The two emerging pictures of language in Bruner and Wittgenstein are brought to a head with the direct question what parts or characteristics of language are arbitrary and which ones are not. Could the formation of concepts in part be explained by facts of nature, its constraints and allowances? Should we then maybe study children's natural characteristics, as Bruner has done in part with his observation rather than settling for grammar? To Wittgenstein, the primitive behavioural expressions of human nature, for example, in so far as displaying pain is concerned, always hold true and make it into language. There is something prelinguistic which carries meaning and which merits study. But these natural primitives must be contrasted with the much more sophisticated study of the grammar of words. The manner of Bruner's quasi-scientific observation of child behaviour would likely at best yield general facts, say, about the existence of certain behaviours. Our interest, to Wittgenstein, does not fall back upon these possible causes of the formation of concepts. Our language exists quite independently of these fields and is learned by children independently of our tinkering. What is astounding is that they learn, not how they do it. A Wittgensteinian common-sense philosophical account of language, cannot sensibly speak of crucial aspects of language itself, and we must make the choice whether amongst these we will count the very entry into language. If we try to study the grammar of words as Wittgenstein does, there is a point where we must strike rock-bottom: this is as far as we can go. Language must speak for itself. Following Wittgenstein, grammar simply is there, a barrier we cannot sensibly overcome, though it can be explored; thus, in our normative descriptions of children we must [sic] treat them as somehow grammatical beings. He himself is here subject to striking rock-bottom; his own pragmatic grammatical study is often only the showing of a particular grammatical position, that is, a position on linguistic usage. His claims on early language learning must be considered in light of this methodological dictum. What Wittgenstein is looking for is the grammatical difference between words, which contrasts them and which can be shown to the child. But grammar only describes and in no way explains the use of signs. In the context of language learning, this just will not do and our picture of grammar must either be broken up and broadened, or Wittgenstein's remarks on language learning discarded.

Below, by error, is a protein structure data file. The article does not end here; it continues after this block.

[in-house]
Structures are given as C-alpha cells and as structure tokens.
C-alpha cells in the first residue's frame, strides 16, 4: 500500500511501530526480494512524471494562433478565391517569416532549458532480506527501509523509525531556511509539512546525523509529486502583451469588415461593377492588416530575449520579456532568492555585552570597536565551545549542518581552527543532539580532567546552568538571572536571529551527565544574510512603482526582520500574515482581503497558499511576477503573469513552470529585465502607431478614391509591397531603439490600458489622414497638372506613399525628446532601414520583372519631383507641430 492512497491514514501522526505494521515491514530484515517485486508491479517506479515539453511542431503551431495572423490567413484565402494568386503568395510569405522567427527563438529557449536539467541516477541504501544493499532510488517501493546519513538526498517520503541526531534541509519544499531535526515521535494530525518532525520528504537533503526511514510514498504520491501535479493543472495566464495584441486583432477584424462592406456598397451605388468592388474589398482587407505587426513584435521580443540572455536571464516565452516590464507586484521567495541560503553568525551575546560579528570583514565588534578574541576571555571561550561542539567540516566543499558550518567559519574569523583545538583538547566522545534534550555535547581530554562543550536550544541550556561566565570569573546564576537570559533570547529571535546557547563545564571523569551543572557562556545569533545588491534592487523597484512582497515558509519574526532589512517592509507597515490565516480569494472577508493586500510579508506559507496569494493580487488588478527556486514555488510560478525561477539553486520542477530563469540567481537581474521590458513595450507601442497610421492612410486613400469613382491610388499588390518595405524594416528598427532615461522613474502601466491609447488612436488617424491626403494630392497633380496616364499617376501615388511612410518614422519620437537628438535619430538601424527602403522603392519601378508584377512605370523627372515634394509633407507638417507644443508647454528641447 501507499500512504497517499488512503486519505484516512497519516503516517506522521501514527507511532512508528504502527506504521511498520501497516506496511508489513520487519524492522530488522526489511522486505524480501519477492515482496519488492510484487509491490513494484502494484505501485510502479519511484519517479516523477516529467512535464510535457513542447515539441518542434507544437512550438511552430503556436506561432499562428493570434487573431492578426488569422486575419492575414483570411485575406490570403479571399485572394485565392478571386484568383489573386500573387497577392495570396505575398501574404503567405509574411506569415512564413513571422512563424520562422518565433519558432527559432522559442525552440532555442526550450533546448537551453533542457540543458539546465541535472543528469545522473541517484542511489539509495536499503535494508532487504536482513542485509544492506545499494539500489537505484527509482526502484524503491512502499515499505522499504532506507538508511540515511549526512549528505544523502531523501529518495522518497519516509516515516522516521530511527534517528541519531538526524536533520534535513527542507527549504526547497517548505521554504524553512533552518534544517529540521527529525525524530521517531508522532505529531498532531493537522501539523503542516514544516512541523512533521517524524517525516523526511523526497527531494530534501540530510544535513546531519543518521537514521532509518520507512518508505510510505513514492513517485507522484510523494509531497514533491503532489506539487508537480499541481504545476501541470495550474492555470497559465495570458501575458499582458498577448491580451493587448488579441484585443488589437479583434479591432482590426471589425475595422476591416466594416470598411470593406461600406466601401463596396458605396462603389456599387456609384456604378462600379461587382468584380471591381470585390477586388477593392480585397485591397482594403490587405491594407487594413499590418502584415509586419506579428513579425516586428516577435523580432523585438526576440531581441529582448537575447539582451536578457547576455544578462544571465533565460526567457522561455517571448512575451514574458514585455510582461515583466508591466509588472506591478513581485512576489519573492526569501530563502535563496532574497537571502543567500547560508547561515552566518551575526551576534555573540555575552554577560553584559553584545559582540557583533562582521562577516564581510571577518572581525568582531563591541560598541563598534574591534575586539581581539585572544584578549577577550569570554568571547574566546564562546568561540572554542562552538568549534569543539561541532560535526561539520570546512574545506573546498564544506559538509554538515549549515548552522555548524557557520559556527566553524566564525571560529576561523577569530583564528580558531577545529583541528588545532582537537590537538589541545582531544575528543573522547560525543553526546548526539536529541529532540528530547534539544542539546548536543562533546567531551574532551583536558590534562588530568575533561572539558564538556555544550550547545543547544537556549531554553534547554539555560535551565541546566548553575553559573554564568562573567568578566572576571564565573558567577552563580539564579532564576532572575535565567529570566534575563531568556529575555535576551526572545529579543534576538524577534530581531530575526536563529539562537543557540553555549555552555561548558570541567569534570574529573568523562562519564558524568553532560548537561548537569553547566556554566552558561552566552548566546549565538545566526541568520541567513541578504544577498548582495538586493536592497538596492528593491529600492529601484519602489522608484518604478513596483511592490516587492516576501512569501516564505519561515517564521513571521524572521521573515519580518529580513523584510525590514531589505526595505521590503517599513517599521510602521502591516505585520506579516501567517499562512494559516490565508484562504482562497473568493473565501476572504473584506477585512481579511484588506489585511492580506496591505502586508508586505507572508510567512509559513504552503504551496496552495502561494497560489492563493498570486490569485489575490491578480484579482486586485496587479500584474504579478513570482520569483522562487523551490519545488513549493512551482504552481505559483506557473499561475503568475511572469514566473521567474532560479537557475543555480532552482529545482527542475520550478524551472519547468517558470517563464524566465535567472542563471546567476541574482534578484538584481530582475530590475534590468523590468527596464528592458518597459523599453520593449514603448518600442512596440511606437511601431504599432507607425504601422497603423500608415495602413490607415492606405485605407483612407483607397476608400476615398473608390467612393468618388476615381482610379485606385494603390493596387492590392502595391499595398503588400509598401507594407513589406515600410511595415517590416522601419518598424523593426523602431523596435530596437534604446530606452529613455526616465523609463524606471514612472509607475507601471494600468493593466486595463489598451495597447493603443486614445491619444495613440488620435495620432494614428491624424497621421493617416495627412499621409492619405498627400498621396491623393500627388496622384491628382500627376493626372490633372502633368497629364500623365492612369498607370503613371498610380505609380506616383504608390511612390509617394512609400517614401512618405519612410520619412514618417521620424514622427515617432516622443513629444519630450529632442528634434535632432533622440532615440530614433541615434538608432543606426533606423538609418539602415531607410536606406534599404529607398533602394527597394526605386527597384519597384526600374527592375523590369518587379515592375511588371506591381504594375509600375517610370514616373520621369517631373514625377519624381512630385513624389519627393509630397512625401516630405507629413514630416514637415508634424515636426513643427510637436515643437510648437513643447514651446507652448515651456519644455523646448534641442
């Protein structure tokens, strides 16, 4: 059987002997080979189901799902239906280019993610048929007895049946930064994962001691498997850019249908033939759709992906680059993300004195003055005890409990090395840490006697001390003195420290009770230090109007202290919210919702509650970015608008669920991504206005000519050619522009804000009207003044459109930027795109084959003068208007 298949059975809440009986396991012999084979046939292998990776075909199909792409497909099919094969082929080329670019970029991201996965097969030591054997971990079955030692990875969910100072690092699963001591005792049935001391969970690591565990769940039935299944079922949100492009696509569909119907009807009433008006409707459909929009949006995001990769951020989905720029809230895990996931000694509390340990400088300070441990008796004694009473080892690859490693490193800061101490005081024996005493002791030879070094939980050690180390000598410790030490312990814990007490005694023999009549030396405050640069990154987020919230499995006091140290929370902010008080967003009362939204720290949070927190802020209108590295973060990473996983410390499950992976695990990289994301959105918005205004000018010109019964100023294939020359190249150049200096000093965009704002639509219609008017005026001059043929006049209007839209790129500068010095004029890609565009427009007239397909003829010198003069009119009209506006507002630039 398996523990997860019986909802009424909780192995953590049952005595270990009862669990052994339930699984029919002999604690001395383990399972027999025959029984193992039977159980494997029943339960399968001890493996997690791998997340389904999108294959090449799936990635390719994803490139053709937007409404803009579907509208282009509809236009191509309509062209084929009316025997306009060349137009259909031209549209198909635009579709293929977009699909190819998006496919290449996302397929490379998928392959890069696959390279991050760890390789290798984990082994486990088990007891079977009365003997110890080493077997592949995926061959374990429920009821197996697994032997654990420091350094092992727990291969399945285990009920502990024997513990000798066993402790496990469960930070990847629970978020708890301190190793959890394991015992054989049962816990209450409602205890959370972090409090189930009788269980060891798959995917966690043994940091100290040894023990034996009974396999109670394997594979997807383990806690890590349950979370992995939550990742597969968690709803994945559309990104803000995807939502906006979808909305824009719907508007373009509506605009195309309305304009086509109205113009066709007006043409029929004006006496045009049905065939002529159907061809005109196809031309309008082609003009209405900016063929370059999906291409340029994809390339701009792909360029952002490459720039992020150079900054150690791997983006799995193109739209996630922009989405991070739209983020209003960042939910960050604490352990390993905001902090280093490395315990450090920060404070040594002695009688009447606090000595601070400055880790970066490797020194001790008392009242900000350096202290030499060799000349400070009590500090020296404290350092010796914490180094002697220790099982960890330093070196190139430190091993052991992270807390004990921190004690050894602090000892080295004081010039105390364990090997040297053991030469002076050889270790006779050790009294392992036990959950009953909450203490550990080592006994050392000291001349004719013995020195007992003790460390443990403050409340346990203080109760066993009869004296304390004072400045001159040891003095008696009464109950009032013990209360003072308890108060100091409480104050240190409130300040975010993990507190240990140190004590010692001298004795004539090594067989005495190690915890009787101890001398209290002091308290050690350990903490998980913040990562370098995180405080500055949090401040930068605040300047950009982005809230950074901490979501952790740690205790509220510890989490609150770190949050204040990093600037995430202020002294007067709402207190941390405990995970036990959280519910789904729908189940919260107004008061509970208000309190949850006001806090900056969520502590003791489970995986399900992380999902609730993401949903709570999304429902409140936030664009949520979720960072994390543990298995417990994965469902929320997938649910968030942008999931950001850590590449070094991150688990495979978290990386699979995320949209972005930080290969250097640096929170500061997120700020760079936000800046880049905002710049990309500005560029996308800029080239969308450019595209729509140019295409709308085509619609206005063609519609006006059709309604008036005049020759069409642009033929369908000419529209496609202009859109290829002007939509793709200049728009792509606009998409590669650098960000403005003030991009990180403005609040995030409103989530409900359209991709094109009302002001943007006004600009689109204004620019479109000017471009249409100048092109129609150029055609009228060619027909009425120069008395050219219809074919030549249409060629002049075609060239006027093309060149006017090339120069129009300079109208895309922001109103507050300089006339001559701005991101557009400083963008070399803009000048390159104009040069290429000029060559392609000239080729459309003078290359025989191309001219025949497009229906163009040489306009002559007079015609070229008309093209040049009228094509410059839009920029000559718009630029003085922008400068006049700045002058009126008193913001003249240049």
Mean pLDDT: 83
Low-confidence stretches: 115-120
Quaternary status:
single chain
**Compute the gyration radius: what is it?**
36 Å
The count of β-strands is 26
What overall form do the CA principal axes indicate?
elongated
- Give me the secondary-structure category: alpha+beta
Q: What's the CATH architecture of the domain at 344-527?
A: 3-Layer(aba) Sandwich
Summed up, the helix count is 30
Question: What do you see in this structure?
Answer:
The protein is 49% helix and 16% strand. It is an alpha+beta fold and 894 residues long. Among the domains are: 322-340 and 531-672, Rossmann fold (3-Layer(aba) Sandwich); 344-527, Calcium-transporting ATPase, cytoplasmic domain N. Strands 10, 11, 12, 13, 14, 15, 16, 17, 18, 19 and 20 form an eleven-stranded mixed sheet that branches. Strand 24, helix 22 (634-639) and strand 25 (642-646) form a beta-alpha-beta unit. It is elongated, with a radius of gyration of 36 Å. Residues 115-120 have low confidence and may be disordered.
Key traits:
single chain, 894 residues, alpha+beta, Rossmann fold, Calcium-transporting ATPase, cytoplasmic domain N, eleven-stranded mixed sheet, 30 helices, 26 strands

Bruner's position corresponds more closely to the discernible events in young children's lives, which leaves us with the uneasy conclusion that Wittgenstein perhaps failed to dismiss his riddle as just another philosophical question, that is, as mistaken. I do not wish to accept Bruner's side, because of its a priori assumptions, to which standard objections can be raised, some of which have been raised here. Most seriously, whilst Bruner has come up with a thesis for early language learning, he glosses over the consequences of having posited various innate characteristics. What is under critique in Bruner's Child's Talk is not that he has pointed out how one of Wittgenstein's hypothetical dilemmas is simply side-stepped, but that in turn he fails to shed the mantle of the philosopher-scientist. Even if he transports some of Wittgenstein's valuable insights into the character of language to child psychology, he does not go far enough.

We are working with concepts here, just as the young child is working with concepts. We show each other instances of the language-game with the word "game" as we explore the idea of game-playing in children, until the coherence of our actions reaches the mirror of our audience. That mirror is not a tabula rasa which we fill, but one full of shared convention, expectations, and common history, as both Bruner and Wittgenstein point out. Yet if we strip all hypotheses in Bruner and Wittgenstein and all conventionalism, they still share a picture of children that may perhaps be contra-Augustinian, but that itself still is caught up in the same web. The scaffold which first delineates the space to be filled in language learning remains, along with our ability for learning. These certainly are philosophical concepts and not ones embedded in our practices of child rearing.

References

Bruner, Jerome (1983). Child's Talk: Learning to Use Language. New York: W. W. Norton & Company.

Wittgenstein, Ludwig (1958). The Blue and Brown Books: Preliminary Studies for the 'Philosophical Investigations'. Oxford: Blackwell.

(1969). On Certainty. London: Harper Torchbooks.

(1974). Philosophical Grammar. Ed. Rush Rhees. Trans. Anthony Kenny. Berkeley: University of California Press.

(1953). Philosophical Investigations. Oxford: Basil Blackwell.